Monday 1 July 2013

City Bike

As part of the Ring Vorlesung program there was a very interesting presentation about the history and operational issues of the Vienna City Bike system. Presentation by Hans Erich Dechant available here.

Version 1 of the bike system the Vienna Bike was like a shopping trolly system where you could get a bike for 2 euros and had to return the bike to get your 2 euro coin back. Theft was not the issue with the first low tech system (as is often believed) it was that bikes were not shared and vandalized. Bikes were kept too long because that was the easiest way to ensure one was available for your next journey.  The picture of the bike being retrived from the canal by a diver that apeard on the frontpage of a newspaper generated so much PR it delighted the sponsor so much they donated 200 extra bikes to the scheme the next day.

Vienna Bike was a bike share failure but the publicity around the scheme resulted in a large budget and advertiser interest for the next high-tech station scheme.  Some of the highlights of the new system are:

Most City Bike trips are about 3km and 10 mins.  The first hour is free so the vast majority of trips cost the user nothing. The scheme is designed to facilitate short trips and help connect other transport systems.

Optimized software and processes at the terminal attempt to make the system as easy to use as possible.

4.5 people's lives are saved each year because of the heath benefits of City Bikes.

A city bike station costs ~70,000 Euro.

Placement of the stations is very important.  Placing a station at the top of a hill and one at the bottom means you need a truck transporting bikes up the hill all day long.  It would be better to use a bus to transport people in both directions.

Per meter square a City Bike stand gets 5 times more use than a car parking space (in the central short parking zones, even more use happens where parking is free).  That means shops could get 5 times more potential customers if they reallocate the parking space outside their shop to a city bike station.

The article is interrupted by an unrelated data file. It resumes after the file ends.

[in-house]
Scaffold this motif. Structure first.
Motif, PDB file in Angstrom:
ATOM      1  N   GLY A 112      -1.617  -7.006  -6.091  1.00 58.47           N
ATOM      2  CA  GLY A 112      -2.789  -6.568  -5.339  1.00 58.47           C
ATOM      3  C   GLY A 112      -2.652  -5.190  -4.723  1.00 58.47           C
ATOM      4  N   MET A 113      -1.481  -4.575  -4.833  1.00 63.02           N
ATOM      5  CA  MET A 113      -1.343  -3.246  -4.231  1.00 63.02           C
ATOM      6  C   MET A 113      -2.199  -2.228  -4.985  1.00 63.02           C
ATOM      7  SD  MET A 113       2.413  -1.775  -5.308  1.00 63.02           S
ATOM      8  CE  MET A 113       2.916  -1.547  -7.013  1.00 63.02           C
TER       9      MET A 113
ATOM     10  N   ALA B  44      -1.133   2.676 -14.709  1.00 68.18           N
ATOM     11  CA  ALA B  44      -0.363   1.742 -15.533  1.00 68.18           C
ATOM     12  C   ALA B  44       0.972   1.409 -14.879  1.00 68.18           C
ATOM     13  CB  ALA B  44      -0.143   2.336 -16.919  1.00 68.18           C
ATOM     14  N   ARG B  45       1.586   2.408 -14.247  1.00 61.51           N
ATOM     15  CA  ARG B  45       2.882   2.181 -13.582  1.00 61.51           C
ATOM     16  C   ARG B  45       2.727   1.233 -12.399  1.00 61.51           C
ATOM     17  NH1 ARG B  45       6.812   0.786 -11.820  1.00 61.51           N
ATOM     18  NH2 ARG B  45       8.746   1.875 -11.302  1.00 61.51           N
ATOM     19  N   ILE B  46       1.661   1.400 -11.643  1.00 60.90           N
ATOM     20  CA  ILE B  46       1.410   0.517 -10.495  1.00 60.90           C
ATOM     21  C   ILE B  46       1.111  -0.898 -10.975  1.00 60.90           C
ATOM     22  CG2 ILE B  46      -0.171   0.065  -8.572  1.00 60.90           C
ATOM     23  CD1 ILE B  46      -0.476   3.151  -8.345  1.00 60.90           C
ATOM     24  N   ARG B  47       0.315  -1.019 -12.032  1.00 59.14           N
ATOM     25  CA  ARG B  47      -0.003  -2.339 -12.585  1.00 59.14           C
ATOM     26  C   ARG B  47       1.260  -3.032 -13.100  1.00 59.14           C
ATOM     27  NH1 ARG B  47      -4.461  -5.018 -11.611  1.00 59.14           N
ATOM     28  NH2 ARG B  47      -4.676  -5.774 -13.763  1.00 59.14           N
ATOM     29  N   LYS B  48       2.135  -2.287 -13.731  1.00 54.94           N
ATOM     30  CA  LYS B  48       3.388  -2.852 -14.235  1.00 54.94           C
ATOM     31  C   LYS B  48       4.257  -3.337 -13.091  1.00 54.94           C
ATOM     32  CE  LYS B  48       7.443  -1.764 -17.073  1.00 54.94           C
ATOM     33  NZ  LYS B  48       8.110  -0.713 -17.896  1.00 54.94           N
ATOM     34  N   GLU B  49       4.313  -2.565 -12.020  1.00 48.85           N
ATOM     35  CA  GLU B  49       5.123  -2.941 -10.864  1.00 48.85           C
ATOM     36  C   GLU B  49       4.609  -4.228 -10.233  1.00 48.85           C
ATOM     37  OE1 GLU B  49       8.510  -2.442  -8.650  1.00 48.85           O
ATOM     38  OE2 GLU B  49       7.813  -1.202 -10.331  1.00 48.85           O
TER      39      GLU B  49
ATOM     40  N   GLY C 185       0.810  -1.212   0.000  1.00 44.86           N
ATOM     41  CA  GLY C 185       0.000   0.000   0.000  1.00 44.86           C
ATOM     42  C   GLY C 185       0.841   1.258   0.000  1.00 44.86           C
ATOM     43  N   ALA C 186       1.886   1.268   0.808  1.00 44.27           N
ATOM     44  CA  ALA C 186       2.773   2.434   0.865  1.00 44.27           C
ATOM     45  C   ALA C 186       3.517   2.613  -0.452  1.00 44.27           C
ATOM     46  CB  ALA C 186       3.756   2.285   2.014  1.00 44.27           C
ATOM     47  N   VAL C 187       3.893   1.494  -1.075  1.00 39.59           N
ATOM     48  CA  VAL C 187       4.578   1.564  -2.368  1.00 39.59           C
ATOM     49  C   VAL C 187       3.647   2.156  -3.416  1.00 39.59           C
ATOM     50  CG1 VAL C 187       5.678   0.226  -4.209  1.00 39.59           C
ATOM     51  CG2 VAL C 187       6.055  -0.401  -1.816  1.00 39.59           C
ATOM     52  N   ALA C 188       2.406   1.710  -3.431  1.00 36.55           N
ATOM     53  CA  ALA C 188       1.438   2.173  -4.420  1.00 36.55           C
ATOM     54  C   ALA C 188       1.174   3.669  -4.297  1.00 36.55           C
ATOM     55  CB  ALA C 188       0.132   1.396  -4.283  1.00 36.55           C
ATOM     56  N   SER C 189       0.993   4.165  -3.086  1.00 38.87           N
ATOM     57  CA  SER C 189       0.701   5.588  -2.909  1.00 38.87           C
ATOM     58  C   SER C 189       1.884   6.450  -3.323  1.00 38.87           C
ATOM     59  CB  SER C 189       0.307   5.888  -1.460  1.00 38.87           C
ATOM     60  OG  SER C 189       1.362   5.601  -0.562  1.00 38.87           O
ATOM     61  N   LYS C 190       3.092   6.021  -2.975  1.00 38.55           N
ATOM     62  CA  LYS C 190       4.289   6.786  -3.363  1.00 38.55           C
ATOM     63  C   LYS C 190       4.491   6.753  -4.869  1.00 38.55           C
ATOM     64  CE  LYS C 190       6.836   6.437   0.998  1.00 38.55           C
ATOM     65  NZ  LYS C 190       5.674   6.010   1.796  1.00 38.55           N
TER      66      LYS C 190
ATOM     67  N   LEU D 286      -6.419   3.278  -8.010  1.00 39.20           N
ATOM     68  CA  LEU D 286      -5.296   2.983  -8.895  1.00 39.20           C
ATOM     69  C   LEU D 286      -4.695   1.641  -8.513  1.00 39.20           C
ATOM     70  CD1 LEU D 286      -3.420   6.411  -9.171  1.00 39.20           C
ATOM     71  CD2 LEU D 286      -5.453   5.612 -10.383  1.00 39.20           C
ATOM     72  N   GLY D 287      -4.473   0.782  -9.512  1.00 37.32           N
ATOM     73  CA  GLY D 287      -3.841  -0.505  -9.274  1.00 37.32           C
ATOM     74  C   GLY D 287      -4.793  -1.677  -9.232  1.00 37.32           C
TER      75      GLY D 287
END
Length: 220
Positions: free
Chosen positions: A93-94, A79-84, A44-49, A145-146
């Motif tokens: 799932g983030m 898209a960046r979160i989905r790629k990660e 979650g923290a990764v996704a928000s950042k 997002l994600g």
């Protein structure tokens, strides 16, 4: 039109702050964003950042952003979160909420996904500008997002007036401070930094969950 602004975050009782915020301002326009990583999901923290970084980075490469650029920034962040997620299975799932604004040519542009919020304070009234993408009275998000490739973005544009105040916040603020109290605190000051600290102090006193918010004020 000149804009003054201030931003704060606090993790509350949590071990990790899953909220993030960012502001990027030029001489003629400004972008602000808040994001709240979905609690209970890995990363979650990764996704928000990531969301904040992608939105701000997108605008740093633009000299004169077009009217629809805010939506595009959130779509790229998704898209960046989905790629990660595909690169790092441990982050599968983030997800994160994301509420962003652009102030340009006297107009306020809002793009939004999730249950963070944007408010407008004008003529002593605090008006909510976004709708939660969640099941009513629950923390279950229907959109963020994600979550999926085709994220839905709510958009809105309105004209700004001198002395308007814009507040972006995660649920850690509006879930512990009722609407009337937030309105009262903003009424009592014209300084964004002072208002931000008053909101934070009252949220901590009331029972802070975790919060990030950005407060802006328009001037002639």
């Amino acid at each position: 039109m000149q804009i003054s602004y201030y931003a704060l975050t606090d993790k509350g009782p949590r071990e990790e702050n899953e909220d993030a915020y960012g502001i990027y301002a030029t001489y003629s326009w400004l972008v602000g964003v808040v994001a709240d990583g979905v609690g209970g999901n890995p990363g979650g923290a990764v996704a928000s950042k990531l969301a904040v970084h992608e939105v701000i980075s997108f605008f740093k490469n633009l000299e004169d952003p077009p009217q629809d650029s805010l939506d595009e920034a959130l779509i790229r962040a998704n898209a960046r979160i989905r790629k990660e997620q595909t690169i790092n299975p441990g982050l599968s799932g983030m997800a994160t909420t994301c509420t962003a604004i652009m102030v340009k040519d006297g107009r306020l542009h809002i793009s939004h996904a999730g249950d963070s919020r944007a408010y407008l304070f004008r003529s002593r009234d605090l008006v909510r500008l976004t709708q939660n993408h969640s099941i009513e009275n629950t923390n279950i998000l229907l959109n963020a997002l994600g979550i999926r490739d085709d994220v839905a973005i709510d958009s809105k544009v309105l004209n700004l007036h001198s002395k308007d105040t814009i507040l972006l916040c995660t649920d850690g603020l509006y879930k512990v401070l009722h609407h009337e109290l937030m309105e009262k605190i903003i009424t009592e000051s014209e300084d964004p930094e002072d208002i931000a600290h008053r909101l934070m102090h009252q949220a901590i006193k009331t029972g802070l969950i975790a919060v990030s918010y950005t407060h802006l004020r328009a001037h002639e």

Paris has 5 times the number of bike stations in a 2km radius than Vienna.  The Vienna system needs more stations and bikes to make it an even more effective public transport system. The KM per Year curve above shows the stages of the station building programs clearly.  Convenience is the key driver of bike usage and usage grows over-proportionally to the number of stations.

I am very impressed by the Vienna City Bike system which I think is really great.  I am an occasional user of it myself. It has a high cost but it has huge social, congestion, health, environmental, space and cost benefits for Vienna. It is much cheaper (for the user and City) than Public Transport, or car infrastructure.  The key to success is understanding people and their needs and developing a system that works with other forms of transport. This has created a real bike share based public transport system.  This is something that is taking off all over the world with the latest system being launched in New York.  However if you watch this Video you will clearly see there are real issues to consider when using bikes as a modern form of mobility.

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